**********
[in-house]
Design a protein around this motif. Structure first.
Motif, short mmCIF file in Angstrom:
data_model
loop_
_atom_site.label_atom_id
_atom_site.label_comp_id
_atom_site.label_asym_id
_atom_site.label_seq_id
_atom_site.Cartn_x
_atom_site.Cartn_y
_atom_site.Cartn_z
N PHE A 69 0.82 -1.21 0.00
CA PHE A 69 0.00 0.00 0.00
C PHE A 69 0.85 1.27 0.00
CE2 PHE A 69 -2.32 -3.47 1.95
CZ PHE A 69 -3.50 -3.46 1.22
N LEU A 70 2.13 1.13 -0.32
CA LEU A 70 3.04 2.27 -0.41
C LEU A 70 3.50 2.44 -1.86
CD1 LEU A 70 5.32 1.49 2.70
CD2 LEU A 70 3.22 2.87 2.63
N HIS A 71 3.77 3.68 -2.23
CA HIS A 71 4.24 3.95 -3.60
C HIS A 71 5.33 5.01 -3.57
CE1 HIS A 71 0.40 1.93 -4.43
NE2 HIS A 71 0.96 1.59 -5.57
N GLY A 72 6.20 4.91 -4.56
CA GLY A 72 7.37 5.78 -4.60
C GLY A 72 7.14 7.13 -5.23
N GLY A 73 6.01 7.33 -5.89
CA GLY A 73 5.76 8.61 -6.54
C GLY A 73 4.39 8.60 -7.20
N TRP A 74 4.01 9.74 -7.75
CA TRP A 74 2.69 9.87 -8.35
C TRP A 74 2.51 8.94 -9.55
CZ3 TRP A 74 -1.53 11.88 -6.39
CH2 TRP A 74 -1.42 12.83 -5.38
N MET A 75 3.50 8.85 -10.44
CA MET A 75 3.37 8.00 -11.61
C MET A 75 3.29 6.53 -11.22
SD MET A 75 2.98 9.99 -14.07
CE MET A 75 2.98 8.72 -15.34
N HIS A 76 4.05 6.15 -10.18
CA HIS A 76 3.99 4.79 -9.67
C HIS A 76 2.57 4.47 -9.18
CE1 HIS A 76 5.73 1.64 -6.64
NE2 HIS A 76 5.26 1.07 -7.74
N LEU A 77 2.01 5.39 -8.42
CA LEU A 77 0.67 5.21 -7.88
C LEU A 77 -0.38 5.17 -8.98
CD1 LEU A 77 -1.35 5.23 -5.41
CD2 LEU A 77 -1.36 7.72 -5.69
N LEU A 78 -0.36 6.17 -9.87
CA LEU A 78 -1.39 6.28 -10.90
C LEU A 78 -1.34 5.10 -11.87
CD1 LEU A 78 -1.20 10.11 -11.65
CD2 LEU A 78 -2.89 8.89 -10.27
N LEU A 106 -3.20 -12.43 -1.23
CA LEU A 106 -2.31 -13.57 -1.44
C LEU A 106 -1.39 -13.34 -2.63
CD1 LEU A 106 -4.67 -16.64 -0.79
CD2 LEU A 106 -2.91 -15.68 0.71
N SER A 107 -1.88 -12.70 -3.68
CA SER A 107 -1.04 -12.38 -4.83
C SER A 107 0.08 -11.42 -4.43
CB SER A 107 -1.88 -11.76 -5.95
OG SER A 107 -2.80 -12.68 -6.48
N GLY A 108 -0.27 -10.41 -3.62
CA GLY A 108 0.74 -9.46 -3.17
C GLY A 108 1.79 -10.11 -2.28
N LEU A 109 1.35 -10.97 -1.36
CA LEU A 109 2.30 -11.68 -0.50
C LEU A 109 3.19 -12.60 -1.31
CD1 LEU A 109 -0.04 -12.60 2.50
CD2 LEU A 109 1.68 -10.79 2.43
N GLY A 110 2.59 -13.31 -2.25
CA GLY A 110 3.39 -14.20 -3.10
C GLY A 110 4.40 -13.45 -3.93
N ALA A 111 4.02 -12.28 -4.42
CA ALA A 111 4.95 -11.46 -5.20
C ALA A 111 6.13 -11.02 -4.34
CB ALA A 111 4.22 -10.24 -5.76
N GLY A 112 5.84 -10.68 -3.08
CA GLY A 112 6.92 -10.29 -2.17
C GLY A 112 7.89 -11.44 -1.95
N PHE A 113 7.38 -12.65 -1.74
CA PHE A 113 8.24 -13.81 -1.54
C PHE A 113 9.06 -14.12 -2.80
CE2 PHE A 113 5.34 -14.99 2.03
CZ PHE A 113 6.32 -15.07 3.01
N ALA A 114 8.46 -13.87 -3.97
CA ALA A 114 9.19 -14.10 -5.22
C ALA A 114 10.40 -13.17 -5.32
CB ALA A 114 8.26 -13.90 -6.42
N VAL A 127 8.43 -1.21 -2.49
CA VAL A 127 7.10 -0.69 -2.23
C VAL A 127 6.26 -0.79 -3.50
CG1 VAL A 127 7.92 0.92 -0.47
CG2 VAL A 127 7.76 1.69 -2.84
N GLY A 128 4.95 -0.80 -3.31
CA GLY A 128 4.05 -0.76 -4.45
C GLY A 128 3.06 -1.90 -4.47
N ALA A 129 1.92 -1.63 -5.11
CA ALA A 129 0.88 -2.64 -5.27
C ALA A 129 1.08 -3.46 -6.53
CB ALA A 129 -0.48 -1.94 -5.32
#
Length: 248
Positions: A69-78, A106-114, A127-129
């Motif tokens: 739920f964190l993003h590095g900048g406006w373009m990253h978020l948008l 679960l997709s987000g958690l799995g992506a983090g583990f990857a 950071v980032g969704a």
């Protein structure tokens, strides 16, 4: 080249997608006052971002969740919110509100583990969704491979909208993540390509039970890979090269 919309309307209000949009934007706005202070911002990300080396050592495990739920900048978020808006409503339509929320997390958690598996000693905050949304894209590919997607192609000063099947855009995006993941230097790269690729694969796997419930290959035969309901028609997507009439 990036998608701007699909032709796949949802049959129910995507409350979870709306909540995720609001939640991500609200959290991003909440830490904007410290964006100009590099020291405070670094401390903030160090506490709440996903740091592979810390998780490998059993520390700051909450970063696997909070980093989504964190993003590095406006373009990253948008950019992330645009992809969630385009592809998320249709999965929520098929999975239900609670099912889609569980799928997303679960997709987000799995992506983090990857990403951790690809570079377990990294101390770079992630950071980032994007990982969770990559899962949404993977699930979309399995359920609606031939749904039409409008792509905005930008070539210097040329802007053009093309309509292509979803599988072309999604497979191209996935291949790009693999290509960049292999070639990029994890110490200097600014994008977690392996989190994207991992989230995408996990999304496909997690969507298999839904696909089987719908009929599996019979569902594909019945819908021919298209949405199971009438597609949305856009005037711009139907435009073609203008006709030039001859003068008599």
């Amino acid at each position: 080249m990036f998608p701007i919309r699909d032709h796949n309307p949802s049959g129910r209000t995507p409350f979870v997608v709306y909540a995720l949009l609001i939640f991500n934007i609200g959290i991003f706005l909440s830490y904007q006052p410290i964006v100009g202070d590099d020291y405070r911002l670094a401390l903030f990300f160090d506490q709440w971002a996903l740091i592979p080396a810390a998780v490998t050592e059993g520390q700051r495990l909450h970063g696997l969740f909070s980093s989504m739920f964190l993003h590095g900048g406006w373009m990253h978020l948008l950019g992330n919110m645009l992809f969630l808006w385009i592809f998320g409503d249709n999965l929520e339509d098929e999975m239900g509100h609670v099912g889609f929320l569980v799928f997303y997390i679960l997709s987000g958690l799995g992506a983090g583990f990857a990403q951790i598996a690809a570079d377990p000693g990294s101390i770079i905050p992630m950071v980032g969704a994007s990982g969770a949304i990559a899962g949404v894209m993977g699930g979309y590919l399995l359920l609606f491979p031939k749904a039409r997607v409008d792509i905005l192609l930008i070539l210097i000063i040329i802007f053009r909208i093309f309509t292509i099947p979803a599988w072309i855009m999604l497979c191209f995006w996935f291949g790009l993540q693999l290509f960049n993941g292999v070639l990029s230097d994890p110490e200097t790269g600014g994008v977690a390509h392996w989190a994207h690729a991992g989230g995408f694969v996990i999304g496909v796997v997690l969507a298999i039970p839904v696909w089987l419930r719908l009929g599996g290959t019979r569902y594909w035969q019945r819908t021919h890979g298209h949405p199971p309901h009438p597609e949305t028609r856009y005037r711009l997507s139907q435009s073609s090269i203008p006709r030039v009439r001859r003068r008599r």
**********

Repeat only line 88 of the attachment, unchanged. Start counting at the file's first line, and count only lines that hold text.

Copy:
CA PHE A 113 8.24 -13.81 -1.54